Sometimes beating someone in present over-the-board chess is not the only option, you can beat them in preparation even before the match starts (it is a good strategy).
See if the opponent is good at managing their time
Evaluate how your opponent responds to specific time controls, there might be a quirk in their time management that you can use to pressure them.
Perhaps they are too elaborate in deciding moves that it caused them a lot of time to do so, you can move quickly while playing safe to take advantage of this.
Or it could be the opposite, they may have a tendency to rush decisions in order to make you run out of time, both have weaknesses.
In this case, you still need to manage your time, but you should also avoid simplifications while finding tactical shots here and there that would force them to think (or if not) make a mistake.
You need to devise a battle plan that takes advantage of their weakness (in regards to time) the most, whether it is going straight for the endgame, complication, or a quiet game.
It is generally better to adopt silent positions where nothing crazy happens if someone takes their time in every move since they will be making not-so-important decisions.
On the other hand it is better to prefer a somewhat complicated position against someone who is rushing, since it gives an opportunity for mistakes that you could take advantage of.
How to win the (chess) rematch if you have won previously?
If one has won the previous match, the player should look for the reasons for victory from the game (such as time pressure, better endgame, and better opening) and try to imitate such in order to get the same result.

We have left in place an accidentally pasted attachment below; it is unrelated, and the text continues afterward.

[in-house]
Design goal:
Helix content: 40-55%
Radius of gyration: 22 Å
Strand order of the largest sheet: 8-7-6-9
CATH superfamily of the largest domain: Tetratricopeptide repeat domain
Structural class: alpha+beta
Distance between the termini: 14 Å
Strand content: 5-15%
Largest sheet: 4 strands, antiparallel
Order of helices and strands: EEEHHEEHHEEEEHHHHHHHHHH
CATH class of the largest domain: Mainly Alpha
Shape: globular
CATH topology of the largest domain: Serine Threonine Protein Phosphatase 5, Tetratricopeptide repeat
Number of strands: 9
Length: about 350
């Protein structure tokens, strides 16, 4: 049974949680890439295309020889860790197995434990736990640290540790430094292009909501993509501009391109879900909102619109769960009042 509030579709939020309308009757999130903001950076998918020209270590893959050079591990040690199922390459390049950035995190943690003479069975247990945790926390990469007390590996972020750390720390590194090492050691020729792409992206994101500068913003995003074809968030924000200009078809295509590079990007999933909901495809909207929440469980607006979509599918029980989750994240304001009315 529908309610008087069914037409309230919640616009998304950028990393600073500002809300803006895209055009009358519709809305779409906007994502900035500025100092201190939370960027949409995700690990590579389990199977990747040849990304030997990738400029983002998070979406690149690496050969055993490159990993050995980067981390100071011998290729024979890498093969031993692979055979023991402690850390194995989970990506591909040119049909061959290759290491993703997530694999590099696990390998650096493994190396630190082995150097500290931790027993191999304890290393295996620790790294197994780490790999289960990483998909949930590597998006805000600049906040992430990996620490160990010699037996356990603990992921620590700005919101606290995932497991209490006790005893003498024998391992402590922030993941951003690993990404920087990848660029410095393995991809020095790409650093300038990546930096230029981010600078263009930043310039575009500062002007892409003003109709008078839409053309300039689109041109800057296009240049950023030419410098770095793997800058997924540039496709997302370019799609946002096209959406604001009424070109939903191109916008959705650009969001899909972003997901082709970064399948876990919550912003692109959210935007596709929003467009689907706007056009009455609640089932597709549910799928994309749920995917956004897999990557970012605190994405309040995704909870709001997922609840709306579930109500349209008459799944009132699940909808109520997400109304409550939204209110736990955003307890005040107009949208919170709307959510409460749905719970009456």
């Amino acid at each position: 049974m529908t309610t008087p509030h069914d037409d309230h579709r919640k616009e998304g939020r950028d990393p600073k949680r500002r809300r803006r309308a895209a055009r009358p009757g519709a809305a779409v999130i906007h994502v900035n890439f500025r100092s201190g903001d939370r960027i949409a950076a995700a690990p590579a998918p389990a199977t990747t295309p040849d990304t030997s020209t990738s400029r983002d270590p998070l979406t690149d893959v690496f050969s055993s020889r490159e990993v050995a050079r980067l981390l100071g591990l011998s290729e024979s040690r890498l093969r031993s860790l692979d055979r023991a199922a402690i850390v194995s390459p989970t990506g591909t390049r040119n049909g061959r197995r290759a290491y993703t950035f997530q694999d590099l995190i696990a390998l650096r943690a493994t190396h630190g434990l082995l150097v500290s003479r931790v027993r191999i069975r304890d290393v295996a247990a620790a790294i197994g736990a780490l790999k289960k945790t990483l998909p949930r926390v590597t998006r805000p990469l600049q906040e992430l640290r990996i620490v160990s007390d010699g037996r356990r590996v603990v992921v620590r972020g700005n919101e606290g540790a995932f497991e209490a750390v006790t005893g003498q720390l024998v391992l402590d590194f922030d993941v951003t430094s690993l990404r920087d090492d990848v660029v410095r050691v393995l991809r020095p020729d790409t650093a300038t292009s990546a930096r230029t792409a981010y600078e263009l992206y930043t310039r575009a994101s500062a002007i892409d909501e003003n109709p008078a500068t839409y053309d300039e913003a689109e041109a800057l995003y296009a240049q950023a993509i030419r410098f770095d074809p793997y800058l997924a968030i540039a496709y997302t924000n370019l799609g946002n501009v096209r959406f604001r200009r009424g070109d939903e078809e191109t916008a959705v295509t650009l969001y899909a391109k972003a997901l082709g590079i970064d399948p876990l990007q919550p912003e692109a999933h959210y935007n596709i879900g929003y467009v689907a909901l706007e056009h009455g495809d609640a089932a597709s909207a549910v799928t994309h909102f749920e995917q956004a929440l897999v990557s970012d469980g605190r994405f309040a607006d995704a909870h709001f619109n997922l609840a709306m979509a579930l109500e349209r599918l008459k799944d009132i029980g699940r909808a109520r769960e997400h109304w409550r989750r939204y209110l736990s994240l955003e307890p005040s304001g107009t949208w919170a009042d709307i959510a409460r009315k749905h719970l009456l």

If you have won in the previous match consider what are the reasons that led to that result, and try to imitate those conditions to achieve the same outcome.
This time of self-reflection will allow you to identify your strengths and prioritize them for improvements, especially against this specific person.
Your opponent for example might not necessarily be bad in endgames when they are defeated in an endgame, perhaps you were just more equipped to handle that particular phase.
In such a situation it is okay to just work further in your endgame capability and try to force exchanges in the actual game since we already know that you at least are capable of beating them at it.
See your strengths and further amplify them, it is a good strategy considering that we already know the opponent in the rematch is at least on your level with the initial victory.
Do you need psychological conditioning to win a rematch in chess?
A rematch in chess can be a psychological pressure if one has lost previously, which is why psychological conditioning is important.
Some of the ways to alleviate the burden are winning other easy games, analyzing the player’s winning games, or studying well before the rematch.
This is the primary reason why strong players lose repeatedly against weaker opponents that they have lost before, which is psychological pressure.
In a rematch you need to have the right composure, depending on the result of the previous match there will be psychological factors in play.
If you have lost in the previous game it is likely that the stigma will carry into the next game, where you can approve decisions you are unlikely to execute otherwise.
Sometimes this can be categorized as feeling something is off, there is a mental pressure that makes you believe that a win is very hard to achieve.
If you have won on the other hand there is a probability of suffering from overconfidence, that you are likely to win by just playing decently (even if the last one is close).